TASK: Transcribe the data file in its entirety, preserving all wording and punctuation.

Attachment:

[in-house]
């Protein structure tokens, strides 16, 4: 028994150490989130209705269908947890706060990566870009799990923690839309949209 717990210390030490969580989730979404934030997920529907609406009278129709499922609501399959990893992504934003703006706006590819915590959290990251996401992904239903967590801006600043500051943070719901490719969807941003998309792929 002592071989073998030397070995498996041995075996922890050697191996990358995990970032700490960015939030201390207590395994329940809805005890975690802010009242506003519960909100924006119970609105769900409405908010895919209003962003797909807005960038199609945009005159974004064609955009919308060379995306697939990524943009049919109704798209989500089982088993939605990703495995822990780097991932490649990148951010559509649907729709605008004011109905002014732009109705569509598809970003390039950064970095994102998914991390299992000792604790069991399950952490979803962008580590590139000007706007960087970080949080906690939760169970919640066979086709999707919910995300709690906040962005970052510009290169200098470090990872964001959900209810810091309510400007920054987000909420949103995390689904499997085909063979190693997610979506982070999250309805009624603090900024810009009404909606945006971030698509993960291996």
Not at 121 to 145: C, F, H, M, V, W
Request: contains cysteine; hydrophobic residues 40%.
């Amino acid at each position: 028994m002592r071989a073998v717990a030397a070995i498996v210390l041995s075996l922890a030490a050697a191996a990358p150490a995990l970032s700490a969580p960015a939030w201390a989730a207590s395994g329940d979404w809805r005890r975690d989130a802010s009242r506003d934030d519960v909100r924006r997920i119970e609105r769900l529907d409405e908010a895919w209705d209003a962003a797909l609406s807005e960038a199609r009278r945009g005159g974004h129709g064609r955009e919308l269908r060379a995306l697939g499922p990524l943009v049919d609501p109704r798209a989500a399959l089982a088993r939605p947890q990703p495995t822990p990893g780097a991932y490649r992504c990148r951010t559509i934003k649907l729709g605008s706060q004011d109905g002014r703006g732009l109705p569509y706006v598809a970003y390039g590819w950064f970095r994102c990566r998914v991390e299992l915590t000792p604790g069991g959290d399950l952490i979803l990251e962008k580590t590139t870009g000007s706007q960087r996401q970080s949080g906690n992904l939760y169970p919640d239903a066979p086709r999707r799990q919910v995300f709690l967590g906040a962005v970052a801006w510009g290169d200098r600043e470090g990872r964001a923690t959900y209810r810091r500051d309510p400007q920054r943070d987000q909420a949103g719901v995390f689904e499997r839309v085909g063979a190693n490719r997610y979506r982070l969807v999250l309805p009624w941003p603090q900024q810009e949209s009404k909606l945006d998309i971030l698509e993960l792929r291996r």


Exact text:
[in-house]
């Protein structure tokens, strides 16, 4: 028994150490989130209705269908947890706060990566870009799990923690839309949209 717990210390030490969580989730979404934030997920529907609406009278129709499922609501399959990893992504934003703006706006590819915590959290990251996401992904239903967590801006600043500051943070719901490719969807941003998309792929 002592071989073998030397070995498996041995075996922890050697191996990358995990970032700490960015939030201390207590395994329940809805005890975690802010009242506003519960909100924006119970609105769900409405908010895919209003962003797909807005960038199609945009005159974004064609955009919308060379995306697939990524943009049919109704798209989500089982088993939605990703495995822990780097991932490649990148951010559509649907729709605008004011109905002014732009109705569509598809970003390039950064970095994102998914991390299992000792604790069991399950952490979803962008580590590139000007706007960087970080949080906690939760169970919640066979086709999707919910995300709690906040962005970052510009290169200098470090990872964001959900209810810091309510400007920054987000909420949103995390689904499997085909063979190693997610979506982070999250309805009624603090900024810009009404909606945006971030698509993960291996």
Not at 121 to 145: C, F, H, M, V, W
Request: contains cysteine; hydrophobic residues 40%.
């Amino acid at each position: 028994m002592r071989a073998v717990a030397a070995i498996v210390l041995s075996l922890a030490a050697a191996a990358p150490a995990l970032s700490a969580p960015a939030w201390a989730a207590s395994g329940d979404w809805r005890r975690d989130a802010s009242r506003d934030d519960v909100r924006r997920i119970e609105r769900l529907d409405e908010a895919w209705d209003a962003a797909l609406s807005e960038a199609r009278r945009g005159g974004h129709g064609r955009e919308l269908r060379a995306l697939g499922p990524l943009v049919d609501p109704r798209a989500a399959l089982a088993r939605p947890q990703p495995t822990p990893g780097a991932y490649r992504c990148r951010t559509i934003k649907l729709g605008s706060q004011d109905g002014r703006g732009l109705p569509y706006v598809a970003y390039g590819w950064f970095r994102c990566r998914v991390e299992l915590t000792p604790g069991g959290d399950l952490i979803l990251e962008k580590t590139t870009g000007s706007q960087r996401q970080s949080g906690n992904l939760y169970p919640d239903a066979p086709r999707r799990q919910v995300f709690l967590g906040a962005v970052a801006w510009g290169d200098r600043e470090g990872r964001a923690t959900y209810r810091r500051d309510p400007q920054r943070d987000q909420a949103g719901v995390f689904e499997r839309v085909g063979a190693n490719r997610y979506r982070l969807v999250l309805p009624w941003p603090q900024q810009e949209s009404k909606l945006d998309i971030l698509e993960l792929r291996r």